The Canadian Boats were all amateur constructed, and their branch of the SDCA was formed in 1970 with most of the boats based in Victoria on Vancouver Island in British Columbia.

The 1971 (UK) SDCA Handbook contained the following “News from Western Canada Seafly Owners” written by the class secretary Tony Sayle:

It all started out here in 1962 when Roger Vale needed a boat. He saw a Seafly advertisement, liked it, built it, and Western Canada hasn’t looked back since.

Actually there was a longish pause while others of us looked at it and pondered. But by 1970 there were nine in action, and in ’71 there seems to be another five or so somewhere between the drawing- board and being afloat. It is even rumoured that there is interest in Vancouver and in the interior of the Province, at Nelson.

We are obviously making progress, though slowly. Personally I prefer it this way, because it’s too good a boat to be just an “over- advertised and then soon over” fad.

Now, what kind of conditions do we sail under here? Well, first of all it’s generally in fairly sheltered water in the sea in one of the bays or harbours around Victoria city or in between the many islands of the Gulf Island chain. We also sail in several of the nearby freshwater lakes. The wind velocities that we race in are typically below 10 m.p.h. (i.e.. Force 1 and 2) in the summer and up to Force 5 or 6 in the winter. This isn’t always the case, however. I remember one summer regatta with winds over 30 and peak gusts of 38-40 m.p.h. (Yes, the Seafly can plane under jib alone!)

Sailing is all the year round here, with a typical racing programme being two interlocking series (on alternate weekends) from mid- September to mid-December, two more from January to March, and one for May and June. Winter regattas are not popular – the water and weather are too cold – but major races are held from February through April. The summer regatta circuits run from May through September.

Seafly 366 is a Canadian Seafly still sailing (more details)

Not all of the Seafly owners are race inclined. We are a mixed bunch. One prefers day sailing and seems happiest when himself, his wife and five kids, and maybe an uncle or two, are out in lots of wind on a broad reach between the islands. Another keeps his boat on a large lake (about 20 miles long) and brags about the afternoon wind and the floating logs from nearby timber operations. He has holes to prove it, too!Most of us like to race – some a little, some a lot – and are divided by belonging to two separate clubs. One of these has keen racing competition, and we often find ourselves taking on the Fireballs. They seem to find this frustrating, particularly as we seem to have the legs of them when off the wind.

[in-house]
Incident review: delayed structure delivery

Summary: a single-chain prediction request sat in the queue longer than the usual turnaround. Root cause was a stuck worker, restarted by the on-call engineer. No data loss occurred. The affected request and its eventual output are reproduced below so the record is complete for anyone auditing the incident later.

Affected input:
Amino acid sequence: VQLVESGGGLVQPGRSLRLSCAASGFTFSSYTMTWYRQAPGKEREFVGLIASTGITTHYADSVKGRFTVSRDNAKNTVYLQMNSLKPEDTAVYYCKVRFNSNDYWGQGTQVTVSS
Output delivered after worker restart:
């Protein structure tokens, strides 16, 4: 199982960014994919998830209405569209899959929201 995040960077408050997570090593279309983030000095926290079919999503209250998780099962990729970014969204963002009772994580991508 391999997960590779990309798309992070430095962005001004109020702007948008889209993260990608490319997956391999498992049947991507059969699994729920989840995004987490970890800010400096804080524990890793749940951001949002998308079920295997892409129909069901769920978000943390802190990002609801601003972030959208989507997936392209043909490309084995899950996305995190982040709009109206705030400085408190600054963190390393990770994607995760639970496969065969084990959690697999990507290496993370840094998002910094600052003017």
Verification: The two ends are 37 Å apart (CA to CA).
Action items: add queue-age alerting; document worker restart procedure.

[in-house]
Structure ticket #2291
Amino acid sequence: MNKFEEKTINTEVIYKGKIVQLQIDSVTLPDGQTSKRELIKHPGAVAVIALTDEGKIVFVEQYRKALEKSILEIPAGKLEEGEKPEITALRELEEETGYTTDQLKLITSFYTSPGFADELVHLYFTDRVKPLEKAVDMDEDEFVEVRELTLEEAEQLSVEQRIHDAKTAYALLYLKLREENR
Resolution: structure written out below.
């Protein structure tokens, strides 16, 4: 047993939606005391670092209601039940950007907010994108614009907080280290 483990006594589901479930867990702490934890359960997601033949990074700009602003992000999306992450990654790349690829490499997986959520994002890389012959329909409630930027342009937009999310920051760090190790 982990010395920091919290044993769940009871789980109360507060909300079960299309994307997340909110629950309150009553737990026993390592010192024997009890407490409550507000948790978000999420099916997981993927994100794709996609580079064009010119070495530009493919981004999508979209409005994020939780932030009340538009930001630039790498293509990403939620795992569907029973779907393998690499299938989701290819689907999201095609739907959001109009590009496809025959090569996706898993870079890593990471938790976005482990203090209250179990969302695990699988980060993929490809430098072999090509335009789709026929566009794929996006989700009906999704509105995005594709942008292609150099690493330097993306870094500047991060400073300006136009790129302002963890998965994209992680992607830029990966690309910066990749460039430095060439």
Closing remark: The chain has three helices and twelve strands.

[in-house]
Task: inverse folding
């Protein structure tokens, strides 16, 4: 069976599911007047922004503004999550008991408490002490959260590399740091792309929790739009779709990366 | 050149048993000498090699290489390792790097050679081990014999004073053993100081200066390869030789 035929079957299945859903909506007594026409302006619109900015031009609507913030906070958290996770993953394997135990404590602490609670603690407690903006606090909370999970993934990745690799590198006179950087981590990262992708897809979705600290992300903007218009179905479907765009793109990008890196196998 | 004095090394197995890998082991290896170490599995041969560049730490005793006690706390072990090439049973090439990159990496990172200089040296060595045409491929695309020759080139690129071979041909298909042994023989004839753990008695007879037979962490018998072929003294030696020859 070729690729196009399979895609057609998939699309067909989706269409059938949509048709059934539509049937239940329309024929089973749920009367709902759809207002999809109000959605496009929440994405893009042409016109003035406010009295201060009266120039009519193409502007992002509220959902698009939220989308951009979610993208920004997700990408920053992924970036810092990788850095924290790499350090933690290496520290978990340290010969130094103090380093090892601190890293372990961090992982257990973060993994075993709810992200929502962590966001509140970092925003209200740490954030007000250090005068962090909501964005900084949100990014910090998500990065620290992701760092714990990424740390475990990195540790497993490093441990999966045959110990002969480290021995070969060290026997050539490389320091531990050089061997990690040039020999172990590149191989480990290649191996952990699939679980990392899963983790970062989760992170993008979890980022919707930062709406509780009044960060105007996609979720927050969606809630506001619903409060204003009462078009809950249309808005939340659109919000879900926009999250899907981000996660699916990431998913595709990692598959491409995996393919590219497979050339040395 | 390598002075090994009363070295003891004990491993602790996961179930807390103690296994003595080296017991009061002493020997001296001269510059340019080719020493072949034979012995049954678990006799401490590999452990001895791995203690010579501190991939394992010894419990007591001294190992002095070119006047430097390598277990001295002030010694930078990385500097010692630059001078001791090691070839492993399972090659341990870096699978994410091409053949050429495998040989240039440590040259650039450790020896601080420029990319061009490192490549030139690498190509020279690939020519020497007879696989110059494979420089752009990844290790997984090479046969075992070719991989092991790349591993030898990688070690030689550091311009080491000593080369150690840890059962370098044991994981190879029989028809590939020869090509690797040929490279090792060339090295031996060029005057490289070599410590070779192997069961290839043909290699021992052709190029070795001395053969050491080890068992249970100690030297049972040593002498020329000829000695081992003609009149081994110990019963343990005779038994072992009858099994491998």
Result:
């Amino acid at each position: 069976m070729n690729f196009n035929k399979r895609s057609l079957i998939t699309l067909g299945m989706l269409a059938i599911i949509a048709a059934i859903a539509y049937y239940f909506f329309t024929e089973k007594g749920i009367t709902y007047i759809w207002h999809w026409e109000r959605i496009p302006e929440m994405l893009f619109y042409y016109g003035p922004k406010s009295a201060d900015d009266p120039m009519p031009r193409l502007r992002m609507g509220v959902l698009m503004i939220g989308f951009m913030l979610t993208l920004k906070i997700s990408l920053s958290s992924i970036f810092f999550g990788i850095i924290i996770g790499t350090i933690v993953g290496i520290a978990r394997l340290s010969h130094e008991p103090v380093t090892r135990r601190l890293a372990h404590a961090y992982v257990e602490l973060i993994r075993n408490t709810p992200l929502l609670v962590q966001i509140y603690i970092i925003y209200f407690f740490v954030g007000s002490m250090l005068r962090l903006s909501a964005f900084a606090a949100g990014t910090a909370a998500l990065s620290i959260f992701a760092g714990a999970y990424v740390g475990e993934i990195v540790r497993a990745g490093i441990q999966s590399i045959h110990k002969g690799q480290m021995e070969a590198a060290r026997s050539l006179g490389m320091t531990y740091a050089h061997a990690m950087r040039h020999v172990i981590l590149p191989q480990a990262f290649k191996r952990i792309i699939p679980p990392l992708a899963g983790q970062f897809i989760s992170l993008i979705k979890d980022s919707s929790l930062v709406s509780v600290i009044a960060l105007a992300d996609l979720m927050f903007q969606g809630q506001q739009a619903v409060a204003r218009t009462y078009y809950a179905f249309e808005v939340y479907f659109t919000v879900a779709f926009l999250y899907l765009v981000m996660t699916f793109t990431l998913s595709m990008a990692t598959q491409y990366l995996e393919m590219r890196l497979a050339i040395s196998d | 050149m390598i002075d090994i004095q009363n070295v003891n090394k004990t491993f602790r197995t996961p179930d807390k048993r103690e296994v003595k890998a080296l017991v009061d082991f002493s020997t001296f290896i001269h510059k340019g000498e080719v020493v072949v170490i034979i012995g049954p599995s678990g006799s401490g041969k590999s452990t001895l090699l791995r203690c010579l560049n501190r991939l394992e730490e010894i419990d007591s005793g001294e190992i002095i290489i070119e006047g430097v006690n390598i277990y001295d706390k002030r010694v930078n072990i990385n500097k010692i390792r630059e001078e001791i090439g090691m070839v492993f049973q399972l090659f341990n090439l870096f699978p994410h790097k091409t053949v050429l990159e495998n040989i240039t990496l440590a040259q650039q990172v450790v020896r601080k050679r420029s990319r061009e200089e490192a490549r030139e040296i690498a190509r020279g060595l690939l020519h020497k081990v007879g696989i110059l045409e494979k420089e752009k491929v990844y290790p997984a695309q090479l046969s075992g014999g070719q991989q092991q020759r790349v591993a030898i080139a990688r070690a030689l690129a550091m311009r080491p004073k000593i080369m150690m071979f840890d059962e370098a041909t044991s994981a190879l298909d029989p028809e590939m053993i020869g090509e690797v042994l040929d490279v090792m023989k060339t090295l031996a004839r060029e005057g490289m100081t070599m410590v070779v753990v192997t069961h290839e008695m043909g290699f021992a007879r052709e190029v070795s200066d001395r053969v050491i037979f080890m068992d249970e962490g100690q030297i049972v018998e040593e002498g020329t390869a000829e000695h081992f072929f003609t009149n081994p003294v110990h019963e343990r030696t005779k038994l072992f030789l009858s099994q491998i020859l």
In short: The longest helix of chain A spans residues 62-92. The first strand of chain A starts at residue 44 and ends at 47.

The other club is designed to get people interested in sailing, and here we are probably getting our soundest advertising. Parents, seeing their kids in them, are trying them themselves and getting bitten by the ” bug.” This is what is going to give us a stable Seafly Association as the years roll by.

It is probably interesting to note that all our boats are home made by their current owners. This is mostly of necessity because we can build at least two boats for the price of an imported one. We also have advantages in materials available such as 16-feet lengths of plywood and full-length clear Sitka spruce for masts and booms. Fibreglass cloth and resin are commonly used for reinforcing seams, and some use it to give better hull bottom finish.

Our organisation is a very free-and-easy one. We had a meeting once. It was enough. Roger Vale was obviously the man for class captain, and I was somehow appointed chief scribe. There should be another meeting soon – if we can stop sailing long enough to get together.

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